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  • Suzanne Casamento

Slow Down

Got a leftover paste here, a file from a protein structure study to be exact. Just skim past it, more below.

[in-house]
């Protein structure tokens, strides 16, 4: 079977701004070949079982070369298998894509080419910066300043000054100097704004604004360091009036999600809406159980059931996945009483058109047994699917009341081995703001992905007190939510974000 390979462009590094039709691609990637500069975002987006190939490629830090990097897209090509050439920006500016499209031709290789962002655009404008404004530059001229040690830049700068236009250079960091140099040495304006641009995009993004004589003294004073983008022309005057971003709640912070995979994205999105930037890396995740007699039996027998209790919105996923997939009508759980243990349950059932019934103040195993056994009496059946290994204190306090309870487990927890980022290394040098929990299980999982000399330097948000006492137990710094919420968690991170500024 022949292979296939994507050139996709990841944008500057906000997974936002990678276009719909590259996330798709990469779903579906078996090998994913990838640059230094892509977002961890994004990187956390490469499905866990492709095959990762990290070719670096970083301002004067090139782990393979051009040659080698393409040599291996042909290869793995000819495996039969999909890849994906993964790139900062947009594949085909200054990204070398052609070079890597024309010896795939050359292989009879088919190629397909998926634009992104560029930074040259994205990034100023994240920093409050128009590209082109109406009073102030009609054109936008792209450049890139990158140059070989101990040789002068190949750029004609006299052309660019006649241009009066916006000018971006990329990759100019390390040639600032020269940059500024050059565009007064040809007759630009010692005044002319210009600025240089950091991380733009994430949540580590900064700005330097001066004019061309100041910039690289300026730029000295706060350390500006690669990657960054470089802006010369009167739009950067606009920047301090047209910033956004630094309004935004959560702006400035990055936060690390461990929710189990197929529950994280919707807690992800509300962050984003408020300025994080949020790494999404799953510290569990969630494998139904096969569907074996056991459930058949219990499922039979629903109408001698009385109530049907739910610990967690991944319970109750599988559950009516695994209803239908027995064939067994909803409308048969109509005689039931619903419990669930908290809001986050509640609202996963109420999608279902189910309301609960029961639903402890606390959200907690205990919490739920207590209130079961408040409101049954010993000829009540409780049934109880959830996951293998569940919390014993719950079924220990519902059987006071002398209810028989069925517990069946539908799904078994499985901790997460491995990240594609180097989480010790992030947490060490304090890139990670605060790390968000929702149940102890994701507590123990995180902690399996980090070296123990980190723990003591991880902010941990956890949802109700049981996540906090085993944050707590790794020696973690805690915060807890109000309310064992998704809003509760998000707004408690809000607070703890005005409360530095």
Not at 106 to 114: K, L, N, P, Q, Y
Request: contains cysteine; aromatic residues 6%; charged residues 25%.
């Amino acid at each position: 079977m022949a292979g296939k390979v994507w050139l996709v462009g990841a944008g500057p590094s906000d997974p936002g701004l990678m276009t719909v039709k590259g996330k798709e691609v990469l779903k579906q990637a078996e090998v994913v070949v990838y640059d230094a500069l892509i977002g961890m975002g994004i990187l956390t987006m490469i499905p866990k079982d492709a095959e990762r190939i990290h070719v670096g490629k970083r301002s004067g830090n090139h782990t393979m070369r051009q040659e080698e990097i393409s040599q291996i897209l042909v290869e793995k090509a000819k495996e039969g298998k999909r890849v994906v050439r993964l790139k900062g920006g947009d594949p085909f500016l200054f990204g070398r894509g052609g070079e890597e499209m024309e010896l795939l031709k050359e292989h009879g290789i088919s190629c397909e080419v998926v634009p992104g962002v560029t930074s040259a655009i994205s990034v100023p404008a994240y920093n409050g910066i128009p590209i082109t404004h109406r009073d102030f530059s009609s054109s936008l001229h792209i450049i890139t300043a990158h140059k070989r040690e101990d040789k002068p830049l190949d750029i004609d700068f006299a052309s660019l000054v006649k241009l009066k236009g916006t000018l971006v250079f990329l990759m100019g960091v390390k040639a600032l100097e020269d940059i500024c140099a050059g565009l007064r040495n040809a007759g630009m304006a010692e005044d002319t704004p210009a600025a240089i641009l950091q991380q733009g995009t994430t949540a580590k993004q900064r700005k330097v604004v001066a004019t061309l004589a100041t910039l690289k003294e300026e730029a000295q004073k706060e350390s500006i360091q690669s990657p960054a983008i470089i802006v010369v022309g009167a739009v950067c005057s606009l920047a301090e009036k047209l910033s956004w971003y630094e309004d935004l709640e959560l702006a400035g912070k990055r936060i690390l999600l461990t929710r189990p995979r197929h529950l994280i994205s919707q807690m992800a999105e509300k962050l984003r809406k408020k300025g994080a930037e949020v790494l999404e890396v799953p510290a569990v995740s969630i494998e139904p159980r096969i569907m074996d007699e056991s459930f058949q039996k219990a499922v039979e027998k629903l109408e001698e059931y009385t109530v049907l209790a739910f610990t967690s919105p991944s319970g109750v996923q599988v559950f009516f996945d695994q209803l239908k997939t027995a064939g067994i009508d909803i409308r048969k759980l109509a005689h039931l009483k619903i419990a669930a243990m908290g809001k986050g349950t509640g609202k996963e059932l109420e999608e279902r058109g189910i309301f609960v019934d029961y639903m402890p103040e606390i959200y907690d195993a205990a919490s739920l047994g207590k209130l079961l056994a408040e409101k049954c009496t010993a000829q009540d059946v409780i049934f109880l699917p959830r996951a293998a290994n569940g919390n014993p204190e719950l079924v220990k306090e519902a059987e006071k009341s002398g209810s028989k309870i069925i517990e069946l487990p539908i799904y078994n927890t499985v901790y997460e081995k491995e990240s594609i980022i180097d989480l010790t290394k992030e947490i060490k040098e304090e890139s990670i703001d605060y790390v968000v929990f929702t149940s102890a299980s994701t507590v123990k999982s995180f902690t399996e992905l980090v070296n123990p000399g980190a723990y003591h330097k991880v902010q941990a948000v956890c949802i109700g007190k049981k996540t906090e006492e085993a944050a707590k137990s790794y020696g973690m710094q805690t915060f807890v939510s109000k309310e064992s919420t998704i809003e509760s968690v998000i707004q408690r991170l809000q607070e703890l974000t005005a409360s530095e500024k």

Last week, my friend M loaded boxes full of the few things I decided to keep into his truck to take to my friend G's house to store in her attic. We got a few blocks down Sunset Blvd when I realized I'd forgotten a book I'd promised G. M turned around and drove back to the apartment. I jumped out of the truck and started running into the building. From the truck he yelled, "Slow down!" I did. He was right. When I go too fast, I make mistakes and I get more emotional than I do when I take my time. I've been hearing M call out, "Slow down!" ever since I left. I've been thinking a lot about the life I left. The stomp, stomp, stomp from upstairs. The sirens, helicopters, and loud cars roaring down the strip. I've been thinking about the constant barrage of news and terrible images we're slammed with every day and I'm so grateful for the slow down. The loudest thing I heard today was a bunch of little kids kids singing on a school bus riding by my patio. And that sounded like JOY, not like the thundering engine of a Hollywood man with low self esteem. Yesterday, I went to the airport to meet a woman who was kind enough to bring me an adapter for my laptop and look for my suitcase. I stood there in the million degree heat, sweating and thinking my digital nomad journey may force me to start wearing deodorant again, while holding a sign with her name on it. I eagerly searched each passenger's face. "Not her. Not her. Where is she? Did I miss her?" Then I thought, "Slow down." I took a deep breath and told myself she'd appear eventually. And she did, with a big smile and my adapter. I sighed with relief, thanked her emphatically and went to airport security to ask about my baggage. "See the airline agent." I got in line and talked with the airline agent. They sent me back over to security again. I caught the eye of a kind looking man and asked him for help. He walked me over to someone else. The whole time, my mind spun fiction about how the suitcase was lost and that the only things I owned besides what M and I took to G's house were gone. I told myself to "Slow down." I reminded myself about "Island time." Then I thanked the Universe for the charger and the suitcase as if I'd already found it. Everyone assured me I should wait by security. That the baggage agent would come out after the next flight took off. I waited an hour, envisioning my suitcase in perfect condition just the way I packed it. And then I saw her. The woman who took my claim on Saturday. (Before I saw Jean and ugly cried.) I would have hugged her if I wasn't so sweaty and smelly. She asked my last name. I gave it to her and she said she had it. I held back tears. When I got back to the apartment with my laptop charger and suitcase, I marveled at how beautifully everything had worked out. I had taken off the first three days this week to adapt, but when I scheduled the time off, I didn't know that I wouldn't have had the power I needed to actually be online and work all day. Years ago, I would have been an emotional disaster over the lack of my belongings. One of my former roommates reminded me of a time in my 20's when I'd lost my wallet and my mind. She said, "How far you've come." She's right. I'm a completely different person because I've been on a long healing journey. I've worked hard on myself and I'm really proud of who I've become. Now, I think before I react. I do my best to stay calm and I'm learning that the best way to do that is to slow down. So, I'm feeling pretty mellow and super grateful now that I'm back to work, nomad style. How do you like the view from my workstation?


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